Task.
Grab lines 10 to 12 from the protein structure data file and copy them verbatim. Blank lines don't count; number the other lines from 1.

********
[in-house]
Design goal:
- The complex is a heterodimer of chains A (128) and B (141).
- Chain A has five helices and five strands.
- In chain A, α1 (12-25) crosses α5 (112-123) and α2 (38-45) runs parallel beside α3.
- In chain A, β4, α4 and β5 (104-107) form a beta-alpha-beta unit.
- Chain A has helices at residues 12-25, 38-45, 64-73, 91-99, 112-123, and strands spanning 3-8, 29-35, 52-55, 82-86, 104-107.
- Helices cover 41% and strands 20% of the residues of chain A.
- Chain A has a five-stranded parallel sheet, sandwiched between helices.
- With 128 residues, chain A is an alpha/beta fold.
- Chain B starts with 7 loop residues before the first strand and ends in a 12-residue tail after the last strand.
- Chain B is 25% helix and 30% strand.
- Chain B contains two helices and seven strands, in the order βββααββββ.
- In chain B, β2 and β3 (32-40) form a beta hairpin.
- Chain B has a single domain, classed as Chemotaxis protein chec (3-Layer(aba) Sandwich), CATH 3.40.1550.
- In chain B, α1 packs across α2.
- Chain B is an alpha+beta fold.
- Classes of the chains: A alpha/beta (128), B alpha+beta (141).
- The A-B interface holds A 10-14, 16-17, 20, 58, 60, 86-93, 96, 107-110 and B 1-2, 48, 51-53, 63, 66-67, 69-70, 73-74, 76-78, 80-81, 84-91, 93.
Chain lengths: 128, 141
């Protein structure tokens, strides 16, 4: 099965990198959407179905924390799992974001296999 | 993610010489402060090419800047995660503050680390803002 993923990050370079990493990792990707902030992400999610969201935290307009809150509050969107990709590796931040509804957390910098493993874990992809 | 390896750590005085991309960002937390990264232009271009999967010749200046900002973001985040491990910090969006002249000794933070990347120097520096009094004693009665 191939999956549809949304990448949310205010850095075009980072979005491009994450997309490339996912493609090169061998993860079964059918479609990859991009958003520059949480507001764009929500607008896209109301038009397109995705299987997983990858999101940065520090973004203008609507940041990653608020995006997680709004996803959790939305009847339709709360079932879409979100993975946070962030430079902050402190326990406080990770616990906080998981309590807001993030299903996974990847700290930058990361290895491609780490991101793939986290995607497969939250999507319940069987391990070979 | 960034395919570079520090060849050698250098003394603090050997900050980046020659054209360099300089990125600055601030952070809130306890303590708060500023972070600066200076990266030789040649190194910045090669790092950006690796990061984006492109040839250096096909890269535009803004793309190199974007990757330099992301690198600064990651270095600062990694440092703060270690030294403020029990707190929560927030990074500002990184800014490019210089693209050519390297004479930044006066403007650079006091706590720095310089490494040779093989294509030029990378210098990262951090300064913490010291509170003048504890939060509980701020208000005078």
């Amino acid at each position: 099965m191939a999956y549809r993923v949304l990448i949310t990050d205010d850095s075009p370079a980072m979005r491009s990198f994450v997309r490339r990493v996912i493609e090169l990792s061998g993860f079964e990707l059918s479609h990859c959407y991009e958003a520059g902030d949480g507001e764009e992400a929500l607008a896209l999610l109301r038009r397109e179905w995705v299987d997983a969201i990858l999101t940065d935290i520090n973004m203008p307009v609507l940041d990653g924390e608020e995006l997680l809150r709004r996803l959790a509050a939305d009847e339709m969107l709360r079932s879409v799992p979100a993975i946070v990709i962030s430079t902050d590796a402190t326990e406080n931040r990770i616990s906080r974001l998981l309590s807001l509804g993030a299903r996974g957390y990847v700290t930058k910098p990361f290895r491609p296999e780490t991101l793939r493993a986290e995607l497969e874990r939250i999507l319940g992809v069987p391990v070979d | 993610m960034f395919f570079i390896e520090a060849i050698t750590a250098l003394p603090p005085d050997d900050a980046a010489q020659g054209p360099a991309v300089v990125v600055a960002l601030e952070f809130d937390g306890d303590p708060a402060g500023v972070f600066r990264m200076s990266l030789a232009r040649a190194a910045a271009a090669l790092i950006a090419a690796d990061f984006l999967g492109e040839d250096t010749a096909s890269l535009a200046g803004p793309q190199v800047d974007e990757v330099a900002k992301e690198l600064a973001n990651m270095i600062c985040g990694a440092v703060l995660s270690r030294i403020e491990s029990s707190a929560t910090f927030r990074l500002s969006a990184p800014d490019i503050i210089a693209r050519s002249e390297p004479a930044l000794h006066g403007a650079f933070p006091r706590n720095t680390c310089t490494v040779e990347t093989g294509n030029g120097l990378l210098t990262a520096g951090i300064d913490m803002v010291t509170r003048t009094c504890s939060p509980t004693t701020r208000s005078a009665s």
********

- With 128 residues, chain A is an alpha/beta fold.
- Chain B starts with 7 loop residues before the first strand and ends in a 12-residue tail after the last strand.
- Chain B is 25% helix and 30% strand.